Despite Olmsted’s many direct and indirect contributions to Milwaukee, his profile here remains relatively low. Tangible recognition occurs on plaques within Lake Park and Newberry Boulevard, both of which are listed on the National Register of Historic Places. Lake Park Friends’ website also features detailed information about Olmsted and his design principles. The group hosts periodic programs about Olmsted.
Greater Milwaukee could more enthusiastically honor Olmsted by literally putting him on the map. We could consider several options. There could be an Olmsted Way or Olmsted Trail, especially in a park he designed. Or a structure, other park element, or prominent program could bear his name. Olmsted’s name could join other beloved Americans gracing a Milwaukee public school, as it does in Buffalo and Louisville.
Also, most cities with multiple Olmsted parks have organizations specifically advocating for their Olmsted parks.
This Renaissance man’s legacy also extends far beyond parks. Before designing Central Park in 1858, Olmsted was a “scientific farmer,” sailor, surveyor, author and editor/publisher. Most notably, his journalistic work deftly defined the factors and situations leading to the Civil War. The nascent New York Times hired him to chronicle the South in the early 1850s. He interviewed people among all walks of life, from plantation owners to slaves. Olmsted’s intimate and authentic reports, originally published as “Yeoman,” helped elucidate complex social and economic issues. What he observed led him to become a leading abolitionist.
In 1861 Olmsted’s writings were collected in a volume titled The Cotton Kingdom: A Traveler’s Observations on Cotton and Slavery, published in England and the U.S.
Considered an “unparalleled account” of the pre–Civil War South, it remains in print. Exposing slavery’s evils and economic non-sustainability, Olmsted’s introduction said: “My own observation of the real condition of the people of our Slave States, gave me… an impression that the cotton monopoly in some way did them more harm than good.”
Olmsted advanced social reform through park design – what he called “a democratic development of the highest significance.” He believed access to nature was restorative and especially necessary for city dwellers. He wanted parks “to furnish healthful recreation for the poor and the rich, the young and the old…” He fostered America’s public parks movement and established the foundations of urban planning – which helped make densely populated cities livable. Olmsted also designed the U.S. Capitol grounds, many campuses including Yale, Cornell, Smith and Stanford, as well as Riverside, Illinois, one of America’s first planned communities.
A trail-blazing environmentalist, Olmsted early on advocated preserving Niagara Falls and the Yosemite Valley (beginning in 1865, four years before John Muir moved there). Olmsted’s visionary efforts eventually led to Niagara Falls becoming America’s first official state park in 1885 and Yosemite the first land set aside for protection by the federal government. During the Civil War, the masterful organizer Olmsted led the U.S. Sanitation Commission, forerunner of the Red Cross. In 1865 he co-founded The Nation magazine. His constant travels continued after he began designing parks, as his talents were soon in great demand.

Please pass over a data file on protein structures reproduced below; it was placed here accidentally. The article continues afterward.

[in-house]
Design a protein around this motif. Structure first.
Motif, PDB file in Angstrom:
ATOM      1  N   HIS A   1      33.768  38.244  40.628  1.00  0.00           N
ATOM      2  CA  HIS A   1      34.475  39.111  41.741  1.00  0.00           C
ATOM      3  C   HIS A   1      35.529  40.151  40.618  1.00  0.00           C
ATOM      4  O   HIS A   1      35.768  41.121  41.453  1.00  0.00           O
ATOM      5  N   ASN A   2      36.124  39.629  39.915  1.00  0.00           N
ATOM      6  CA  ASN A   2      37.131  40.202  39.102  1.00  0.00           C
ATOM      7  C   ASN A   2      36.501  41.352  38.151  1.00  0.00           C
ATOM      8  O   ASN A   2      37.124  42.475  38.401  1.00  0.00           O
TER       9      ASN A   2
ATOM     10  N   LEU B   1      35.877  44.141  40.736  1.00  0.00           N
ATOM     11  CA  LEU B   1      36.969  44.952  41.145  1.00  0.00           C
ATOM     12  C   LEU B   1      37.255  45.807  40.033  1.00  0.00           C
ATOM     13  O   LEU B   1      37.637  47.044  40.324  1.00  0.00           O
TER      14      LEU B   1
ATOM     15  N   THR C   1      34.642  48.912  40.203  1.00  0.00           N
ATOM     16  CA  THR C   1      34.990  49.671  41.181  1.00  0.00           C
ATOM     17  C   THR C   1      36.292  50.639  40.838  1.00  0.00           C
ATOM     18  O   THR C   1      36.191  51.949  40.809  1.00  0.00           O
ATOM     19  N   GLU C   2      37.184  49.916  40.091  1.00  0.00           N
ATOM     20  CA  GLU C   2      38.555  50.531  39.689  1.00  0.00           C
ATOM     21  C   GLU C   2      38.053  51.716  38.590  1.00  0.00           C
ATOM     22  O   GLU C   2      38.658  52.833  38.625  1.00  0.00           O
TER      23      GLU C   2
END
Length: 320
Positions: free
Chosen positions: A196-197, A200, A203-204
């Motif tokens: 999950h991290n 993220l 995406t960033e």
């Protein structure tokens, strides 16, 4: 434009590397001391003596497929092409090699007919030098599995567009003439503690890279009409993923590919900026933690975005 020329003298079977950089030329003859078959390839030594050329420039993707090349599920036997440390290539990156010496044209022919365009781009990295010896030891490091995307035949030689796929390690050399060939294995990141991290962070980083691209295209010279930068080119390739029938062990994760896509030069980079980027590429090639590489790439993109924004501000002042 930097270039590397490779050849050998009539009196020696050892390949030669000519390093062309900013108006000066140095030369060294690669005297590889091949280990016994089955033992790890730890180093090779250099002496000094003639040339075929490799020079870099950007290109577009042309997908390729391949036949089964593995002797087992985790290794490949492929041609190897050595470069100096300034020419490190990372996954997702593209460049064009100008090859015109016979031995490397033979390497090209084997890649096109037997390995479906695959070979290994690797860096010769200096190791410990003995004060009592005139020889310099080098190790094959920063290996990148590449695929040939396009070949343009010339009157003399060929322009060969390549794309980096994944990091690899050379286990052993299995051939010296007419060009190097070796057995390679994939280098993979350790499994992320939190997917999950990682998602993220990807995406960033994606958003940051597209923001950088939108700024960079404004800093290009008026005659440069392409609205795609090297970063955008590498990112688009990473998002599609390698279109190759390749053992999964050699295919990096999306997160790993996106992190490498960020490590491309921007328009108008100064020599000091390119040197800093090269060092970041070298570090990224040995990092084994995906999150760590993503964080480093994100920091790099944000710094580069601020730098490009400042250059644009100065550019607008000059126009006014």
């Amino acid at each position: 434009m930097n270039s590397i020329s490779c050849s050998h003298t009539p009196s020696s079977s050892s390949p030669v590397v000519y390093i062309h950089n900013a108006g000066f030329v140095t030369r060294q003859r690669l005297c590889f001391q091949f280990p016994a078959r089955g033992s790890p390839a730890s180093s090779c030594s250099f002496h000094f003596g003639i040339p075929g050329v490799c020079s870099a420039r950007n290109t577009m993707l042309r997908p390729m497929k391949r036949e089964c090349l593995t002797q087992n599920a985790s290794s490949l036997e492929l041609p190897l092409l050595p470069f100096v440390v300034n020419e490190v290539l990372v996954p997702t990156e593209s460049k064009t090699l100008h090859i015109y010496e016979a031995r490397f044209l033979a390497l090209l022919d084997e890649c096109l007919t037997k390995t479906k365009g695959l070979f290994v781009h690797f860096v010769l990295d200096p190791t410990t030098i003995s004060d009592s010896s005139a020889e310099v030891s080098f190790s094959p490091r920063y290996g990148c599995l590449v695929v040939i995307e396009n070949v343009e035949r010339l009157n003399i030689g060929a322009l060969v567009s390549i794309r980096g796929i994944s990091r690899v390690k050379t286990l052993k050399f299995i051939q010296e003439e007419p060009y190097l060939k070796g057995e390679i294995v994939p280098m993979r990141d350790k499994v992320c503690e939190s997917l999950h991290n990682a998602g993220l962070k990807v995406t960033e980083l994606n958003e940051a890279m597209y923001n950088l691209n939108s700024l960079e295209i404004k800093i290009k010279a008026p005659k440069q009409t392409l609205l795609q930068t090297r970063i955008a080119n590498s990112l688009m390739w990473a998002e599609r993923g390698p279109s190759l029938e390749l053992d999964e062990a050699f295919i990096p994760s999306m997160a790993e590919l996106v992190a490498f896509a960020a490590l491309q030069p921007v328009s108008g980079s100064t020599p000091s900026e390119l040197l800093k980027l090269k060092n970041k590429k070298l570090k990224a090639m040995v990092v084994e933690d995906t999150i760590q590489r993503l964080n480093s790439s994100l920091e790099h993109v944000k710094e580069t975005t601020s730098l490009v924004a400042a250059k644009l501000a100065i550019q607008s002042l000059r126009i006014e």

Few Americans have played such outsized roles in so many realms.
Naming something locally significant for Olmsted would do more than highlight his achievements. It’s an opportunity to recognize this genius as a shaper of Milwaukee – alongside Juneau, Kilbourn, Walker, Wahl, Whitnall, Boerner and others.
Numerous books and a PBS documentary, “Frederick Law Olmsted: Designing America,” showcase his work. Milwaukee gets modest nods in some accounts. However, his contributions here could be proudly proclaimed. When Laurence Cotton, that documentary’s researcher/producer spoke here in 2015, he said he wished he’d seen Lake Park before filming – since it’s one of Olmsted’s most intact parks and best models of his design principles.
Celebrating Frederick Law Olmsted will spotlight a pivotal chapter of Milwaukee history. It could also enhance civic pride and dovetail with “heritage tourism,” an economic generator for many communities.
Olmsted once wrote: “I have all my life been considering distant effects.” Five generations later, his full-flowering visions continue to bloom here. The process of naming public entities can take time, so let’s plant those seeds now.
Virginia Small is a Milwaukee writer. She began researching Olmsted and other landscape designers while serving as an editor for a national gardening magazine.